Not So Fast: Linux on the Desktop

About a month ago, I gave up on Windows cold turkey and switched to Linux. I told myself no matter how tough it got, I was going to make it work.

After all, I've got lots of friends who run Linux, and it works for them, right? And for years I've been seeing articles about how “This is the year for Linux on the desktop!” Gotta be something behind that, right? I'm a pretty smart guy, I can figure it out.

Well, like everything else in Linux, the answer has turned out to be, “Almost!” Most readers probably already know that Linux is picky about hardware, so I won't bother you with stories about how I had to buy three different video cards before I found one that did dual monitor displays correctly. I won't tell you how many distributions I tried before I found one that worked with the onboard network card on my IBM Thinkpad T21. Instead, I'm going to focus on a few examples of conveniences Windows users take for granted.

Installing a Program

To install a program in Windows, generally a user runs a Setup.exe, and a nice, professional installer takes over from there. After answering a few questions, things happen, the software is installed, and the result is a set of program shortcuts and a link to the documentation in the Start menu and the desktop.

To install a program in Linux, the best case scenario involves a program packaged inside a .deb or .rpm installation file, roughly the equivalent of setup.exe. Run the package, the packaging system checks for dependencies to make sure your system is capable of running this new program, and then the program installs. Sounds good so far: but notice that I just said the program installs. I didn't say it updated the Start menu – let alone put an icon on the desktop as a shortcut. Users have to figure out where the program just installed itself and how to run it, and often the only way to get there is via command line. Sure, users can create their own menu items manually, but it's something Windows users have taken for granted for over a decade.

Everyday Automation of Simple Tasks

Plug a digital camera, scanner, or a media reader (like Compact Flash) into a Windows 2000 or XP machine, and you get instant visual and audible confirmation. If it's the first time you've plugged in the camera, the computer asks for the drivers, and if they're not available, offers to fetch them from the internet. If it's a Windows XP machine, it will even prompt with a list of things to do with the pictures, like see a slide show or save them to the hard drive.

Plug a digital camera into most Linux distributions and... nothing happens. No confirmation that anything happened, no clue that it's working or not, no suggestion to put in the driver CD, just silence. After a month of working in Linux, I haven't gotten my scanner installed yet just because it infuriates me for the machine to be so unresponsive. Wake up! I'm plugging things into you! New toys! Work with me here! Throw me a bone!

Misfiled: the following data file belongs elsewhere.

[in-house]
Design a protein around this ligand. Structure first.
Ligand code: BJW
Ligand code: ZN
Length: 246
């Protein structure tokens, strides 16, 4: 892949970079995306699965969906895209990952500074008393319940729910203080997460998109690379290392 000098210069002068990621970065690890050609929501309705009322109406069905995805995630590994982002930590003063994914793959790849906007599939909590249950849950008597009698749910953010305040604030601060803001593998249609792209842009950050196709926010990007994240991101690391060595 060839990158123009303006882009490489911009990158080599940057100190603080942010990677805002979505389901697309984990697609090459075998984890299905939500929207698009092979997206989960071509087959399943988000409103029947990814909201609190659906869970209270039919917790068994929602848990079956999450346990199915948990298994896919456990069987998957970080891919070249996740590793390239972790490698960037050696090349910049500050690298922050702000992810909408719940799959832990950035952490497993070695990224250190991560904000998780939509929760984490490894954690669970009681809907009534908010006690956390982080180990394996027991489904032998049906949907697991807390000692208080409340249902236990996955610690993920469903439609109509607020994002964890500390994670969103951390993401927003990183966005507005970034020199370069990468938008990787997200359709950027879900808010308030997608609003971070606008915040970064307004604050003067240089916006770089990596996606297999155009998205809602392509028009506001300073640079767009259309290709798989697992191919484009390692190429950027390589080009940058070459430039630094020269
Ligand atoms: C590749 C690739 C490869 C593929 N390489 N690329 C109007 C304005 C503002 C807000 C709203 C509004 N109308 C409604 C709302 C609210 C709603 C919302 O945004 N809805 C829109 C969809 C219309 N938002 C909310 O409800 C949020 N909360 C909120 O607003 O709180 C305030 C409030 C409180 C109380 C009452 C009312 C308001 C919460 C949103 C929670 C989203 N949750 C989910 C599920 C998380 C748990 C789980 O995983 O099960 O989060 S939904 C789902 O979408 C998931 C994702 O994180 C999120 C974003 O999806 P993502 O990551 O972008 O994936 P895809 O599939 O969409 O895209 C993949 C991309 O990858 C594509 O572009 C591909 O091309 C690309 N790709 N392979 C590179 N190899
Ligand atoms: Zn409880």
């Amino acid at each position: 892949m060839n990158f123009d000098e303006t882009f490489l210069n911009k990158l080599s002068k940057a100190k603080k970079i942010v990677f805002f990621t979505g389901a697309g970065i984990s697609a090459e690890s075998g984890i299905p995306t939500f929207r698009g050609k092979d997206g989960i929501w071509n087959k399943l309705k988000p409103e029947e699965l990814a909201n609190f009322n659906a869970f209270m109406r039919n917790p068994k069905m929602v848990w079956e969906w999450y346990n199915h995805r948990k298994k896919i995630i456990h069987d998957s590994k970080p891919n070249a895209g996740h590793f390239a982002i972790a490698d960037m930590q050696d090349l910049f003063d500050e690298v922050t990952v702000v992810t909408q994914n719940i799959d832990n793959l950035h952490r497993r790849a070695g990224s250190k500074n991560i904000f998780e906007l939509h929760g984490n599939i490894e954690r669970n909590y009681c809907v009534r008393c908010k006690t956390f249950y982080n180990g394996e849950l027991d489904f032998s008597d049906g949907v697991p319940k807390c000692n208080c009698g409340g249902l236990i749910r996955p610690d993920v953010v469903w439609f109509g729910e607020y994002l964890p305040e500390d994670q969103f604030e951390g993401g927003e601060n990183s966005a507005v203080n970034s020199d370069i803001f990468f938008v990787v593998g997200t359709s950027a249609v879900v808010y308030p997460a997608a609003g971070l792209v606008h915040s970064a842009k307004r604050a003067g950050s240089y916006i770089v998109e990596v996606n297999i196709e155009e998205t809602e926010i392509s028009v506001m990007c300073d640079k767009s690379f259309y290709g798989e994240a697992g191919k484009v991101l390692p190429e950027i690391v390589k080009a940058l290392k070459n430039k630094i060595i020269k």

In Windows, copy something, and paste it into another program. It works. End of story. Sometimes it even gets fancy: copy a table in Internet Explorer and paste it into Microsoft Excel, and the results are slick.

In Linux, copy/paste doesn't work out of the box. Copy something in one program, and it's not generally available for pasting in another program. There are clipboard utilities to help automate it, with varying levels of success – or rather, failure. I'll be working right along, getting things done, forgetting I'm in another operating system, but when I go to paste something, bam. Most of the time it works, but sometimes you get the cruel surprise of pasting something you copied much earlier, with disgruntling effects. If I paste one more code sample into a chat window when I was trying to paste a URL, I'll scream. Deep, cleansing breaths....

The Bottom Line

Remember when Windows NT4 came out? It was the second generation (as opposed to NT3.5) of a powerful new operating system that was very picky about hardware and software. At the time, Windows 95 had a much more attractive user interface, ran on more machines, and had a bigger software base. NT4 on the desktop didn't make sense for most users – things like plug and play USB, for example, were out of the question. Over time, Microsoft added enough features, usability, and hardware drivers to NT4, then 2000, and today Windows XP (based on the old NT3.5) is a great desktop operating system.

Linux today is much like NT3.5 or NT4: the underpinnings of a next-generation operating system are all there. Just don't install it expecting all the fit and polish of XP, and don't believe the articles that say the only thing you have to worry about during the migration is which video card you use.

Brent Ozar is a web developer and network admin with recently elevated blood pressure levels and an increasing consumption of painkillers. He can be contacted at